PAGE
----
Gordana Martinovich | 17 January 2017  

It's complicated. With big, powerful neighbours like Australia and Indonesia it is heartening to see that Timor Leste has had a win, courtesy of a strong legal team. Of course, no victory is satisfying if neighbours can not resolve differences in a mature and forthright fashion. Timor Leste has a long way to go to attain the standard of living Australians take for granted. And they have an unpredictable and powerful neighbour in Indonesia. They can take heart that the high moral ground can be found, with honesty and persistence, in a rich seabed.

Pam | 17 January 2017  

Frank, thank you for this lucid explanation of the complexities surrounding resource ownership in the Timor Sea. Your explanation of the Indonesian dimension was especially helpful.

David Healy | 18 January 2017  

A very complex issue with major implications for the people of Timor Leste and for Australia's credentials as a fair and trustworthy partner. We are in your debt, Frank, for your work in keeping Government and community informed of the facts and their implications.

Denis Fitzgerald | 18 January 2017  

Thanks Frank. The thought that the split of Greater Sunrise revenue could in practice revert to the18/82 split is a worry. A November ReachTEL survey (http://timfo.org/new-blog-avenue/) of over 10,000 people found that only 17% opposed the drawing of a border according to current international practice. The Timor Sea Justice Campaign in Melbourne has mounted a petition (http://www.timorseajustice.com/) to the Foreign Minister on the subject of finalising the border.

Susan Connelly | 18 January 2017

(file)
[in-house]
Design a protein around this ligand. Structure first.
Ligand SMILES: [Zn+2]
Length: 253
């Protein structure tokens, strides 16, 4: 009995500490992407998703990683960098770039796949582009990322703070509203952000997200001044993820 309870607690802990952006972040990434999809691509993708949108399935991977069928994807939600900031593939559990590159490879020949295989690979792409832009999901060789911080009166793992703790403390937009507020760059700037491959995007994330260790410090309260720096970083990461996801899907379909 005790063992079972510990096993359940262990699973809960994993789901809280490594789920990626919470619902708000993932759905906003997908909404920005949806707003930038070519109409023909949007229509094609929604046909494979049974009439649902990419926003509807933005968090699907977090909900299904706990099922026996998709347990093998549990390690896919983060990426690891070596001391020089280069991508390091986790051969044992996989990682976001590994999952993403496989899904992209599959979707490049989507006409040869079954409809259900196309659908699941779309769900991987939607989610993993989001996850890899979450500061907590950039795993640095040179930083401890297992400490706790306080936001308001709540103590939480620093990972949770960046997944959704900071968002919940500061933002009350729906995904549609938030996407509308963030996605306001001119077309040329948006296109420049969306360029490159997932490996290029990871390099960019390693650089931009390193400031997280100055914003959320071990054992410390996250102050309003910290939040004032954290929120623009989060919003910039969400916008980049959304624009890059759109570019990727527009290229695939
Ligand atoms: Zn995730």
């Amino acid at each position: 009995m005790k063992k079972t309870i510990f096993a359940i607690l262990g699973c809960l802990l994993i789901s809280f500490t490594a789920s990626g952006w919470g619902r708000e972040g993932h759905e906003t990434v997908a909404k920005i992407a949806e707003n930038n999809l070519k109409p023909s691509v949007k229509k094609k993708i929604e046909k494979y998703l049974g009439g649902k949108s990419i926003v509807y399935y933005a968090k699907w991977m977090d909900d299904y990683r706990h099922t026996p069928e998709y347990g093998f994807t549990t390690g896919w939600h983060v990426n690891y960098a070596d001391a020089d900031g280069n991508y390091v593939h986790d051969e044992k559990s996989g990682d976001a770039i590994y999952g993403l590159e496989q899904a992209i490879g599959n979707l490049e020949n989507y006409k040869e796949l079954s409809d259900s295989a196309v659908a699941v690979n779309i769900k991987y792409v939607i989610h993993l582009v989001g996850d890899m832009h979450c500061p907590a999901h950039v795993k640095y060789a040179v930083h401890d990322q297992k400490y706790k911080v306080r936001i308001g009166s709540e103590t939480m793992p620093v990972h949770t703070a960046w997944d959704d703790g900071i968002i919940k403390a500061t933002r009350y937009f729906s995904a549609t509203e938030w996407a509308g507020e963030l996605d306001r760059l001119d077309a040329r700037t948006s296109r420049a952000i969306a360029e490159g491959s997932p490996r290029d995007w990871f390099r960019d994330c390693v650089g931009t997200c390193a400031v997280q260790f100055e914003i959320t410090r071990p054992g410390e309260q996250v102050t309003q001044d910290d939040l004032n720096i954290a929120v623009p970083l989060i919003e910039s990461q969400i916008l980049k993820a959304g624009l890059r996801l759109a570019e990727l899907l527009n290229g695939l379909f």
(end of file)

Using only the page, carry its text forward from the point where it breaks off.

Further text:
Susan, it is of course heartening that 83% of Australians want to see the ‘drawing of a border according to current international practice’. According to current international practice, you would use a median line rather than the continental shelf. That much seems to be increasingly accepted. That was an issue with Bayu Undan. It’s not so much an issue with Greater Sunrise. If there is agreement to a median line, then there will be a need to draw an eastern lateral down to the median line. According to current international practice, that eastern lateral might ultimately be drawn giving full weight to all islands in the area resulting in Timor getting only 20% of Greater Sunrise. But then again, the eastern lateral might ultimately be drawn giving lesser weight to the smaller Indonesian islands, thereby giving Timor 100% of Greater Sunrise. Let’s not forget, if it were not for the long agreed boundary between Indonesia and Australia, we might be looking at a median line between Australia and Indonesia, as well as between Australia and Timor. In that case the dispute over Greater Sunrise would have been between Timor and Indonesia with Indonesia claiming 80% of Sunrise because it’s closer to Indonesia than to Timor. The Indonesians would have been very wary about agreeing to giving lesser weight to their islands, giving away Greater Sunrise in the process. ‘Current international practice’ has a long way to run. Fortunately the Timorese have first rate legal advisers. So I wish them well.

Frank Brennan SJ | 18 January 2017  

As you rightly indicate Frank, wheels within wheels. I find it hard to strike the right balance between the need for fairness (where one risks being simplistic), and respecting the intricacies (where one risks people's eyes glazing over). I felt a bit relieved over the decision to terminate the CMATS Treaty, because it allows the focus to remain on the border issue, leaving other matters, like the spying, to one side. It is important to concentrate on fairness: to Timor, to Australia and to Indonesia. We dudded Indonesia with the 1972 border, but the Indonesians have not challenged it, as far as I know, so the implications of a median between Indonesia and Australia, and the effect on Timor-Leste is hypothetical, if interesting. Yes, there are good legal minds advising the Timorese, and there are good political minds here too, people who want to get this sorted. I just hope there will be enough of them to exert the required political will for a just outcome. I often say to people, "Can you imagine if Australia had to take another nation to court to get a border finalised? The angst! The talk-back radio! The speeches on fairness!"

Susan Connelly | 18 January 2017